Diversity in banking

local banks

I received this graphic in my email today. It’s one of the topics of the Transforming Finance conference which is going on today, looking at why Britain might be better off with more local and regional banks. We’re quite unusual in this. High street banking in Britain is dominated by a handful of big names – Lloyds, Natwest, Barclays et al. Most other developed countries have a richer diversity of banks. Just 3% of Britain’s banking assets are in local banks, compared to 67% in Germany.

We didn’t used to be that way. There used to be a rich variety of banks, some of them quite large and well established, but still focused on particular cities or regions. What happened in Britain was basically an arms race of mergers. Banks began to form partnerships, merge and consolidate. As big players emerged, other banks quickly began merging too in order to stay competitive.

It led to a series of unwieldy names. At one point Barclays was known in the City as ‘the long firm’, because its official name was Barclay, Bevan, Tritton, Ransom, Bouverie and Co. That list was only a fraction of all the various banks incorporated into Barclays at the time, the full list running to 71 different partners.

This could have been stopped, but the wisdom of the time was that bigger banks were more stable and better equipped to handle banking crises – of which there were several. Big ones in 1866 and 1878 accelerated the trend, and by the beginning of the First World War, six sevenths of Britain’s banking names had vanished.

Does it matter? Yes, in that monoculture is never a good thing. It leaves you vulnerable, and we all know the phrase ‘too big to fail’. Local banks are also able to be more targeted to their regions, providing mortgages or business loans that suit the local economy. A  mortgage on a house in London could look quite different to one in the North East, if we had that option. Local banks are also better at lending to small and medium sized businesses. Nef’s report on Stakeholder Banks makes the case for them in more detail.

There are measures in place to try and improve Britain’s banking diversity. There are new rules coming in to make it easier to switch banks. There are new banks gaining ground, like Metro Bank in London. Swedish bank Handelsbanken runs every branch locally, and builds relationships with local business that British banks can’t match – as Mervyn King admitted recently. We may yet be able to break down the monopoly of the big banks.


  1. Small banks are good, like Northern Rock and Bradford and Bingley? No, perhaps building societies like the Dunfermline? Perhaps not. I wonder why the NEF graphic doesn’t show Spain which had a wonderful number of local banks.

    Of course we have right now a great opportunity to get new small banks into the system with the divestiture of hundreds of branches from Lloyds and RBS. The trouble is that the tough new regulations intended to prevent future crashes means that potential smaller operators who want to buy these branches can’t meet the new rules. We need to foster competition and be careful that regulation fighting the last war doesn’t reinforce the existing oligopoly.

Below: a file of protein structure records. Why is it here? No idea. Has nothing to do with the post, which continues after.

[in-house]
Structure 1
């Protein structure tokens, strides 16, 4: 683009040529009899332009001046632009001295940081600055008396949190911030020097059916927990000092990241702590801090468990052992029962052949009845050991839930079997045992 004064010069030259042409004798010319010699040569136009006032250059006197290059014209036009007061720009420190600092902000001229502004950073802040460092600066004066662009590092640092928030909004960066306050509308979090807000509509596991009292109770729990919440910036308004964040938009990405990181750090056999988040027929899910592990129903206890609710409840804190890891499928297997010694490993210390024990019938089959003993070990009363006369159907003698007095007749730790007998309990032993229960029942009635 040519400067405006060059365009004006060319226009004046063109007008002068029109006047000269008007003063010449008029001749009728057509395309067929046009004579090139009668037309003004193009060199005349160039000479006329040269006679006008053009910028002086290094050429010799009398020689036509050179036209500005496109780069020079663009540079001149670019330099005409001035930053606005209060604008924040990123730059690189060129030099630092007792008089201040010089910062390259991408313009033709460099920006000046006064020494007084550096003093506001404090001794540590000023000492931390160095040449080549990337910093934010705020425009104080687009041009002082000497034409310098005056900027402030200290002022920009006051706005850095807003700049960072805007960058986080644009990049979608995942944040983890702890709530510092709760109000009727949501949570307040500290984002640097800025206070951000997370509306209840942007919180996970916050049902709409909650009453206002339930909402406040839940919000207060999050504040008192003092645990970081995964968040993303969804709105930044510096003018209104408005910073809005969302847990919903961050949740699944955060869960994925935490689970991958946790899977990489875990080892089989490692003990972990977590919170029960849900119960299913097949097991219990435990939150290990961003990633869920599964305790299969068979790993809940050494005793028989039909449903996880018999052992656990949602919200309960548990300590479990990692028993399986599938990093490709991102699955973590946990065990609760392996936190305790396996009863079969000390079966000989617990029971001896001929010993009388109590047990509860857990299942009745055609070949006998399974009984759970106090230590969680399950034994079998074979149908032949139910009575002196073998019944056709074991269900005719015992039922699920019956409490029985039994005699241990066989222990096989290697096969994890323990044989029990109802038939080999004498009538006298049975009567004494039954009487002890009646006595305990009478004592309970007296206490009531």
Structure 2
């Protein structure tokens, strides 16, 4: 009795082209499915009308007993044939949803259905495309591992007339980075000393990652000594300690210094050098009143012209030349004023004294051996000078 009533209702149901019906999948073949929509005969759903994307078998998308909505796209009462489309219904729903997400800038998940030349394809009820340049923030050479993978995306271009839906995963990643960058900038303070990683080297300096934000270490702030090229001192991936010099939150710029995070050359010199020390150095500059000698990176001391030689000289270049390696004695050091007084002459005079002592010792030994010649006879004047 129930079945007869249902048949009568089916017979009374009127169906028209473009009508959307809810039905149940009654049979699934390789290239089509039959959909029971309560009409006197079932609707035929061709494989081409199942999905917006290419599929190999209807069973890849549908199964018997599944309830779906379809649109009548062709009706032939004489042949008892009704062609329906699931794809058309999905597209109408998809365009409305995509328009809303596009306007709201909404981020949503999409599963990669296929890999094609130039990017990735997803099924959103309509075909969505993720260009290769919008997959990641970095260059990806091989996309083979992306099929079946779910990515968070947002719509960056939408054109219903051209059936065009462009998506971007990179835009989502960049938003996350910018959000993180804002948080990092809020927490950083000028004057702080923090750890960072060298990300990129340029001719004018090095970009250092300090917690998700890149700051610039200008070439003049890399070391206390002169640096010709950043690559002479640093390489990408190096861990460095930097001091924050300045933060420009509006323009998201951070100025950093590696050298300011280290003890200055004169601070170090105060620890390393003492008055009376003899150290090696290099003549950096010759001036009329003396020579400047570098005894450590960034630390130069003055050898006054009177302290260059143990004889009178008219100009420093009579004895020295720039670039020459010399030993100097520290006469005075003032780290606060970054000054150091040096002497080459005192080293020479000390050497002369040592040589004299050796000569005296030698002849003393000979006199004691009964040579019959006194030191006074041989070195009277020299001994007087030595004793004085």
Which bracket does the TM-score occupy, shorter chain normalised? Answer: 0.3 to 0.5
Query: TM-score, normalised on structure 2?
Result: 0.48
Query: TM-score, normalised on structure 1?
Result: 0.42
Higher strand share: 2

Another thing before we congratulate Germany on its wonderful Landesbank. These should have gone bust with Ireland’s banks since they held lots of their paper. But the German government strong armed the Irish into nationalising those debts so the German banks would get their money back. Ireland crippled on the alter of solid German regional banking.

    1. Diversity is good. I’m not arguing that small banks are magic, or that they will protect our economy. What I do know is that concentrating banking in four massive corporations is a silly thing to do. The government recognises that, although whether they will succeed in lowering the barriers to entry remains to be seen.

      At the moment we’re in a bit of a bind, because we don’t have enough medium sized banks to pick up those spare branches. We have the huge banks, and some very small ones. Even the Co-op hasn’t been able to step up. We’re starting from a bad place.

      I’m not congratulating Germany’s banks or Germany’s abuse of power, but they’re getting a few things right. One of them is a vibrant culture of SMEs (diversity again) and they’ve got a financial system that encourages that. We can learn from that.

  2. It was a really good conference. You should have been there!

    One of the things that came up near the beginning of the conference was not to idealise Germany or any particular one country or solution too heavily. Generally, all banking systems have their quirks and problems, and are never going to be completely fair (unfortunately). But having multiple smaller and more accountable banks does make the sector more stable.

    I recommend having a look at the Transforming Finance Charter, because that gives an overview of ALL the ideas that are deemed a part of the reform required to stabilise our banking system:

    1. I would have liked to have been there… glad you made it!

      And absolutely, we can’t idealise other banking models. I only mentioned Germany to illustrate the difference. We need to develop a banking system that works best for us. Will definitely check out the charter.

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